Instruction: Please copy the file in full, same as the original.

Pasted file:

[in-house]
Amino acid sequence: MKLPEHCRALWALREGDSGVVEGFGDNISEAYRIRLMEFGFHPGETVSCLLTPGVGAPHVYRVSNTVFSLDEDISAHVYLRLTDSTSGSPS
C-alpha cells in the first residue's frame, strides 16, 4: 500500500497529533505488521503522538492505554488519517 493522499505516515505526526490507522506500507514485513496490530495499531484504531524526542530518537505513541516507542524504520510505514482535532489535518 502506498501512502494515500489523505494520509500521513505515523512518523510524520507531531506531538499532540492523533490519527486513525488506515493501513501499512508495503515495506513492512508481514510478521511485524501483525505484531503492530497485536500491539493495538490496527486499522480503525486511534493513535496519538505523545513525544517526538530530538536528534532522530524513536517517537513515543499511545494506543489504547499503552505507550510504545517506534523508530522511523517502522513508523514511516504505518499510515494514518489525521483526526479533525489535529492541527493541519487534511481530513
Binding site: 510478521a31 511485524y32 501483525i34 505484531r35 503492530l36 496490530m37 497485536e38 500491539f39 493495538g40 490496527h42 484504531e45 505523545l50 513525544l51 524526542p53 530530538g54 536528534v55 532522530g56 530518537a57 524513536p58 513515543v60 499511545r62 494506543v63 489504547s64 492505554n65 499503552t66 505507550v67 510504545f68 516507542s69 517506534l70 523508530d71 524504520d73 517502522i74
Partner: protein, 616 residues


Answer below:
[in-house]
Amino acid sequence: MKLPEHCRALWALREGDSGVVEGFGDNISEAYRIRLMEFGFHPGETVSCLLTPGVGAPHVYRVSNTVFSLDEDISAHVYLRLTDSTSGSPS
C-alpha cells in the first residue's frame, strides 16, 4: 500500500497529533505488521503522538492505554488519517 493522499505516515505526526490507522506500507514485513496490530495499531484504531524526542530518537505513541516507542524504520510505514482535532489535518 502506498501512502494515500489523505494520509500521513505515523512518523510524520507531531506531538499532540492523533490519527486513525488506515493501513501499512508495503515495506513492512508481514510478521511485524501483525505484531503492530497485536500491539493495538490496527486499522480503525486511534493513535496519538505523545513525544517526538530530538536528534532522530524513536517517537513515543499511545494506543489504547499503552505507550510504545517506534523508530522511523517502522513508523514511516504505518499510515494514518489525521483526526479533525489535529492541527493541519487534511481530513
Binding site: 510478521a31 511485524y32 501483525i34 505484531r35 503492530l36 496490530m37 497485536e38 500491539f39 493495538g40 490496527h42 484504531e45 505523545l50 513525544l51 524526542p53 530530538g54 536528534v55 532522530g56 530518537a57 524513536p58 513515543v60 499511545r62 494506543v63 489504547s64 492505554n65 499503552t66 505507550v67 510504545f68 516507542s69 517506534l70 523508530d71 524504520d73 517502522i74
Partner: protein, 616 residues